Brazil's Tam Surges Most in Two Weeks as Finance Minister Backs Lan Deal
Tam SA climbed the most in more than two weeks after Brazilian Finance Minister Guido Mantega said Lan Airlines SA’s planned purchase of the carrier satisfies foreign ownership rules, easing concern it would be blocked.
Tam gained 3.6 percent to 36.36 reais in Sao Paulo trading. The shares jumped as much as 11 percent earlier today, the most intraday since the deal was announced on Aug. 13.
“There was fear that the deal was so convoluted,” said Arthur Byrnes, who helps manage about $800 million at Deltec Asset Management Corp. in New York. “Mantega saying it’s good for both companies and Brazil takes away a certain amount of that fear.”
Santiago-based Lan agreed to buy Tam on Aug. 13 in an all- stock deal worth as much as $3.8 billion, with investors getting 0.9 Lan share for each Tam share held. Lan will have about 70 percent of the combined carrier, LATAM Airlines Group. Tam will be delisted as part of the deal.
“It meets the legal requirements,” Mantega said today in an interview in Brasilia. “If it didn’t, it wouldn’t have been done. Lan is powerful and strong, and so is Tam. It’ll be good.”
Because Brazilian law caps foreign capital in airlines at 20 percent, Tam’s controlling shareholders will retain 80 percent of the voting stock in the Brazilian company while Lan shareholders will have about 70 percent of the combined carrier.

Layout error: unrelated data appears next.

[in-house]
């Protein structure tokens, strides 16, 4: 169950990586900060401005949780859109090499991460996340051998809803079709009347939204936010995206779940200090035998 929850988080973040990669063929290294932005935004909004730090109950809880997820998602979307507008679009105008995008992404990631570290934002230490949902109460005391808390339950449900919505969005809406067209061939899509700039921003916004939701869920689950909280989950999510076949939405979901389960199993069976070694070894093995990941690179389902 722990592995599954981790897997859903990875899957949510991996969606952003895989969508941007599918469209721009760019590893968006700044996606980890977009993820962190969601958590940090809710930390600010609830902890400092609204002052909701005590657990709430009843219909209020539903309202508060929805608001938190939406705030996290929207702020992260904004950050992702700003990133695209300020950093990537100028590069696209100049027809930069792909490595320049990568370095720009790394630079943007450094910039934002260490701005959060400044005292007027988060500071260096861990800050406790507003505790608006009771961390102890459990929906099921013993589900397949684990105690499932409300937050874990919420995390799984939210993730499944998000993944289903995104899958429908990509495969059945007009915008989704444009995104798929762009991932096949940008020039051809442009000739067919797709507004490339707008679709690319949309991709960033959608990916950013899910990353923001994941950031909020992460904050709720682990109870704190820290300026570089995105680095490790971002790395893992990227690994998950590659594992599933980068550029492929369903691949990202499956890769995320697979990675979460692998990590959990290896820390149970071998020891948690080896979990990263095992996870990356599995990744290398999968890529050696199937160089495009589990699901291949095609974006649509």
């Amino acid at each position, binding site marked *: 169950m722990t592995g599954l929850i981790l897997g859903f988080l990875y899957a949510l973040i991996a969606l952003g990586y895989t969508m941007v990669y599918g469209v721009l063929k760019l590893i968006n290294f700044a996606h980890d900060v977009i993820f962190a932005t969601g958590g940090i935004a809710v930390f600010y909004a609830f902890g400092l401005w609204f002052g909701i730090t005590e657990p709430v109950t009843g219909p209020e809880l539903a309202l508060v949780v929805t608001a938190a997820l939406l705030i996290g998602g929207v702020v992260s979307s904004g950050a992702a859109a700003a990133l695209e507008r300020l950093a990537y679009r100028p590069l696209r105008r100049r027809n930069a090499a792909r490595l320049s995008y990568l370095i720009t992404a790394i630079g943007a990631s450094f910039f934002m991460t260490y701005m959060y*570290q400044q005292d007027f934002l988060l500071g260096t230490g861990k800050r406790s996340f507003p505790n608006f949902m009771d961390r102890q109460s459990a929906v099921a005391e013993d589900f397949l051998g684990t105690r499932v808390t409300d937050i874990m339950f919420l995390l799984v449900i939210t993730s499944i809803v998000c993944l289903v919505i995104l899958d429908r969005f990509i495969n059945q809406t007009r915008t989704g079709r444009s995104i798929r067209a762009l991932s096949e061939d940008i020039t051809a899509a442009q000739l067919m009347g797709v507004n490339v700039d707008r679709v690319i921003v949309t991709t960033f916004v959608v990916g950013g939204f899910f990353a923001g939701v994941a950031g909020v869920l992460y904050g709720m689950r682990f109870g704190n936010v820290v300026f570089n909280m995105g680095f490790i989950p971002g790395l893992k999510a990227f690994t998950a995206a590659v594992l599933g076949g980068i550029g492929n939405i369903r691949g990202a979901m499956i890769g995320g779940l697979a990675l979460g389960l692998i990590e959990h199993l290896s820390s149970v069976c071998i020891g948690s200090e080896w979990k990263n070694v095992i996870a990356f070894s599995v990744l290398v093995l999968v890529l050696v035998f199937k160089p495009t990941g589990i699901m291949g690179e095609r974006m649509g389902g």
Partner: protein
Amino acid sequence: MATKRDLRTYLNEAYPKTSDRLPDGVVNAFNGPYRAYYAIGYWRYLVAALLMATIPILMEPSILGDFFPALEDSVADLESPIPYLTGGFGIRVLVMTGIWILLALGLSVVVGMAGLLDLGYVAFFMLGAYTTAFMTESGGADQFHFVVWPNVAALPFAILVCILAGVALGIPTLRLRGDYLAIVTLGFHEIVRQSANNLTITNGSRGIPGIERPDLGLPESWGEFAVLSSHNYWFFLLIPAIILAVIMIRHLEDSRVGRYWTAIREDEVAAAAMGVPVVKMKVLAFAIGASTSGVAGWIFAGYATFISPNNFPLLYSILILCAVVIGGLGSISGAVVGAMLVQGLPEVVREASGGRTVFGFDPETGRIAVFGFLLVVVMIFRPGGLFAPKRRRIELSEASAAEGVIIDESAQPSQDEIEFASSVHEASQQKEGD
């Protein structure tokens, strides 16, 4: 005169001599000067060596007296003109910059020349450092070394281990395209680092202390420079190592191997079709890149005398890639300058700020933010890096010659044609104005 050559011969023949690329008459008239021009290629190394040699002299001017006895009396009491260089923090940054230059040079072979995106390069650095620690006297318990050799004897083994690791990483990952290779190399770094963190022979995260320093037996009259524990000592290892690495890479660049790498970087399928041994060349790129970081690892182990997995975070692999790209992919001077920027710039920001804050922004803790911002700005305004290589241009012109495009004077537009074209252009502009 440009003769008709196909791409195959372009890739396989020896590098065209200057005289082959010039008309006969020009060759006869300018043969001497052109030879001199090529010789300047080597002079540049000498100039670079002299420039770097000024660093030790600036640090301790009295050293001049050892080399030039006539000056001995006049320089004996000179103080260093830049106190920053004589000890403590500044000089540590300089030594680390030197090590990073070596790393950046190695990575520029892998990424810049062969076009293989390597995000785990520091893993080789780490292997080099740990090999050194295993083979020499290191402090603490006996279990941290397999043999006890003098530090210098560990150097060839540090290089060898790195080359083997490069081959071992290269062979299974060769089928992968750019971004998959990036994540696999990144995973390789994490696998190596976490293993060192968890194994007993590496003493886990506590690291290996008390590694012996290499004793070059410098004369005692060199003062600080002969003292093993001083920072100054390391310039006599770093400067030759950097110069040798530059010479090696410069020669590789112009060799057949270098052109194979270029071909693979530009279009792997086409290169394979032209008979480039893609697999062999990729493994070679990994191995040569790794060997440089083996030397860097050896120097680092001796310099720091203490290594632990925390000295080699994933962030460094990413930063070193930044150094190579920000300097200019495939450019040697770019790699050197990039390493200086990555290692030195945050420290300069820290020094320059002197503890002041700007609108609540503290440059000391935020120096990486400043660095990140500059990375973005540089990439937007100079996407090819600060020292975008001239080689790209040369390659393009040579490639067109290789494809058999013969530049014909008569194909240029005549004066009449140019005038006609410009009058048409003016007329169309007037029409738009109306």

“I saw the legal framework and, from what they showed me, here in Brazil they will only have 20 percent and will share equal power in the foreign holding company’s board even though Lan owns more,” said Mantega.
The deal must be approved by Brazil’s civil aviation authority and the country’s antitrust regulator.
The Lan-Tam deal will create the world’s 11th largest carrier by passengers and would be the biggest acquisition of an airline in at least two decades, according to data compiled by Bloomberg. Only Cathay Pacific Airways Ltd. and China Eastern Airlines Corp. will be larger in market value.
The purchase was announced five months after Chile’s President Sebastian Pinera sold his 26 percent stake in Lan for $1.5 billion and after Lan shares doubled in the past year.